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The U.S. military services send officers to graduate schools each year to pursue advanced degrees, primarily to fill billet requirements later. This can be costly, including such things as tuition, housing, and pay but also the opportunity cost of the officer not filling an operational billet. Participation in such a program incurs specific service requirements in return, but is that enough to recoup the service's investment? The U.S. Navy asked the researchers to assess the quantitative and qualitative returns on investment (ROI) for funded graduate education. The authors modeled the financial aspects for two sample communities within the Navy and discovered that ROI varies depending on how efficiently graduates are matched with billets and how often they are utilized in the related subspecialty. In some cases, it is simply not possible to recoup the costs financially because it would require extremely long service. On the other hand, soft skills and general knowledge that graduate education provides can increase productivity and improve decision quality. Such considerations might justify making graduate education competitive, with selection targeted toward those most likely to stay in the service and to advance to flag rank. In essence, the Navy would be broadly educating many to achieve future capabilities and an ROI from the few.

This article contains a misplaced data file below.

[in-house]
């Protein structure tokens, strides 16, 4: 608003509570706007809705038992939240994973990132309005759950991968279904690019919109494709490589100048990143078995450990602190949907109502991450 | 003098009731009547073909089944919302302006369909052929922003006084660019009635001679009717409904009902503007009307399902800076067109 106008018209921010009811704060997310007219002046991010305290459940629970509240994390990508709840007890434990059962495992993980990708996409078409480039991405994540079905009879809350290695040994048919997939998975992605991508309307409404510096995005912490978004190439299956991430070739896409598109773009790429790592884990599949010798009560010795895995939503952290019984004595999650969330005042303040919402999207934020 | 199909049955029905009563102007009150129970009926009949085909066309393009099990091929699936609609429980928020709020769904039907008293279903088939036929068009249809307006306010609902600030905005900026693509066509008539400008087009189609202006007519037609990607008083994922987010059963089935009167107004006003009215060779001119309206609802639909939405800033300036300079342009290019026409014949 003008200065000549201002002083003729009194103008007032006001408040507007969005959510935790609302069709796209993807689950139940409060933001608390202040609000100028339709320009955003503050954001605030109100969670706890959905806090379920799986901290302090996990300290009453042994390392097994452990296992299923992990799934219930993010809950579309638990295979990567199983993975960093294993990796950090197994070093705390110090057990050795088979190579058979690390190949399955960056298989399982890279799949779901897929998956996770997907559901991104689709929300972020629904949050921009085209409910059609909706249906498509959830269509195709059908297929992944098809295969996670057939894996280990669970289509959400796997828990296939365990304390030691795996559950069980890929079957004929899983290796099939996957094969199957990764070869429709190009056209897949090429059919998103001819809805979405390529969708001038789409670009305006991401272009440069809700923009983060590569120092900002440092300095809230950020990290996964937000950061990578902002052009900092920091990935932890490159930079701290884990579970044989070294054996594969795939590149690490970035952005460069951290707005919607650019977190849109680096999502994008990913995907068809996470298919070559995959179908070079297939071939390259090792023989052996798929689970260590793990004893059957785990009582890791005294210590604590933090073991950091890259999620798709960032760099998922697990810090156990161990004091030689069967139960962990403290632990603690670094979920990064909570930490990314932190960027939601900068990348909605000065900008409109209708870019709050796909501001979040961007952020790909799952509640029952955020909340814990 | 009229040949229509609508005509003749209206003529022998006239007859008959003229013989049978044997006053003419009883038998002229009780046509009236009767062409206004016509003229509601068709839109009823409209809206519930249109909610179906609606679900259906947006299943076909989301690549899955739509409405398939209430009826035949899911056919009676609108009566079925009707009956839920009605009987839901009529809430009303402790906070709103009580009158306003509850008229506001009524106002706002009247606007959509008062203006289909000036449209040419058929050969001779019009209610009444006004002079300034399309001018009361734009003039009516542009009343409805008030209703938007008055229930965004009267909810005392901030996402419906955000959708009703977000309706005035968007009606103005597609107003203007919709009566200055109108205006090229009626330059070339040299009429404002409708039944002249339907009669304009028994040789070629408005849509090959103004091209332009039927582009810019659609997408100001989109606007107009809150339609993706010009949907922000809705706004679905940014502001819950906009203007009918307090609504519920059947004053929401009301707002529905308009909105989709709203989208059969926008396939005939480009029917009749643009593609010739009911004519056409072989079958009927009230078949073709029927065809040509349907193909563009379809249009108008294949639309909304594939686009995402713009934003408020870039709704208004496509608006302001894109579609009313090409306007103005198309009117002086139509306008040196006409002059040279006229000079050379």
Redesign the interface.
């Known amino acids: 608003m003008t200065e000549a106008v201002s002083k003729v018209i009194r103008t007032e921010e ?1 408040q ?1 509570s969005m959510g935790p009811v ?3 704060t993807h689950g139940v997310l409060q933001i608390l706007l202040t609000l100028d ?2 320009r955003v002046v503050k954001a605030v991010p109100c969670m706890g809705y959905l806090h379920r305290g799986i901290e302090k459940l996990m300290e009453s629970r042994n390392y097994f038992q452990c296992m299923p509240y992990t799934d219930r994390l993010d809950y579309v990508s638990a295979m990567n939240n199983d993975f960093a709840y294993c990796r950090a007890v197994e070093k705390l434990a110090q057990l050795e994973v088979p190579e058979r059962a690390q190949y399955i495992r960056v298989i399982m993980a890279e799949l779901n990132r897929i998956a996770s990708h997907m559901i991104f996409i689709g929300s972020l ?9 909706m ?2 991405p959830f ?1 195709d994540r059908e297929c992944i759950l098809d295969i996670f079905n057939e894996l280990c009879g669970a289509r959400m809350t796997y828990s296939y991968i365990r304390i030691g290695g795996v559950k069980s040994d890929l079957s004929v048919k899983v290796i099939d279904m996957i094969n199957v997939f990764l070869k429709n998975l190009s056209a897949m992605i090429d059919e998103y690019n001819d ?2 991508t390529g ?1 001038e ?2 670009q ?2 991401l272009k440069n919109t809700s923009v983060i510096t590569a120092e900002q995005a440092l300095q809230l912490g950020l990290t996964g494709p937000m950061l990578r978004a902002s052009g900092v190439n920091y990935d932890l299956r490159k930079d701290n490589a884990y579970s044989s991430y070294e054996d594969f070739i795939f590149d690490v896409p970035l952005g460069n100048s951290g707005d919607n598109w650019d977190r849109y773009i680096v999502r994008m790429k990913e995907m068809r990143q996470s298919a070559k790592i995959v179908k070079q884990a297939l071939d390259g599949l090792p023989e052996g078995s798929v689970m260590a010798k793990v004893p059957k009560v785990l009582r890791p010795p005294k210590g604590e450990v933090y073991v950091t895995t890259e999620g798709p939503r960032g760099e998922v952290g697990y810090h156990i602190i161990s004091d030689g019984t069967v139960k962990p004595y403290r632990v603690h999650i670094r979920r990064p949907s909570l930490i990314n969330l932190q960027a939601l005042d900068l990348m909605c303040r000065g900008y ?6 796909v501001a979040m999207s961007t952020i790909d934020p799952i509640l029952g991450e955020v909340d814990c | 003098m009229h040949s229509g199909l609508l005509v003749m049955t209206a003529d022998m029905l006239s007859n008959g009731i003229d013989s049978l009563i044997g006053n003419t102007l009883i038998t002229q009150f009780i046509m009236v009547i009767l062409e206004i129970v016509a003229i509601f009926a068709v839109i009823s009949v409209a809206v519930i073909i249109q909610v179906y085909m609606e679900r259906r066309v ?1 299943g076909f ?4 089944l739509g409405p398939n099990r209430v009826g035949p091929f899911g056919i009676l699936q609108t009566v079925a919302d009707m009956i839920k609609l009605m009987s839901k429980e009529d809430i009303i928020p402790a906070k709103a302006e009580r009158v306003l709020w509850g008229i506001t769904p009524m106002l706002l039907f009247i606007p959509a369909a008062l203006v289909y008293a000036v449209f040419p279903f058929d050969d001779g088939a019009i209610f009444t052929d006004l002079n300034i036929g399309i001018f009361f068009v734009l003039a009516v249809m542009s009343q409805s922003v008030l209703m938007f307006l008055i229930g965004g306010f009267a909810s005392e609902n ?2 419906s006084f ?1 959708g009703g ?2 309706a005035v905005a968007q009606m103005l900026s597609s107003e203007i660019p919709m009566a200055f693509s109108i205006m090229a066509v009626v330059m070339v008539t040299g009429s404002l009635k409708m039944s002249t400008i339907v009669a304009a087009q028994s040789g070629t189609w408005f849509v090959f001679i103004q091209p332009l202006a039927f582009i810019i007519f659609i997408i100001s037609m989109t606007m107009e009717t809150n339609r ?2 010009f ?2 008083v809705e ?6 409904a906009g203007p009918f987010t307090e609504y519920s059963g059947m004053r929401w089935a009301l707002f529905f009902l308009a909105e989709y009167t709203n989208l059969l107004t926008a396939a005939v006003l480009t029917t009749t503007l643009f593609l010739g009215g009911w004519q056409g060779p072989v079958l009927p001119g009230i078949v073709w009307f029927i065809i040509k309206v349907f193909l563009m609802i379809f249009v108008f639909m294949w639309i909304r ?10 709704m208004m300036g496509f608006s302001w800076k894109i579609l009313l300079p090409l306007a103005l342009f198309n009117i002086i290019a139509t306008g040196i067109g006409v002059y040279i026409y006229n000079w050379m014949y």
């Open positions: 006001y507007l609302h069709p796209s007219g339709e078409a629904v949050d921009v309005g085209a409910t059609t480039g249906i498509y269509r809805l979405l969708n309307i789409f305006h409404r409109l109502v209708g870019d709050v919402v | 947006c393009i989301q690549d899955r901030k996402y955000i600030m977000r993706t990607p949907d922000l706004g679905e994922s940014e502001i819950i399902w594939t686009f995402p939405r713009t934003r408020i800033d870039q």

The research described in this report was prepared for the U.S. Navy. The research was conducted in the RAND National Defense Research Institute, a federally funded research and development center sponsored by the Office of the Secretary of Defense, the Joint Staff, the Unified Combatant Commands, the Department of the Navy, the Marine Corps, the defense agencies, and the defense Intelligence Community.

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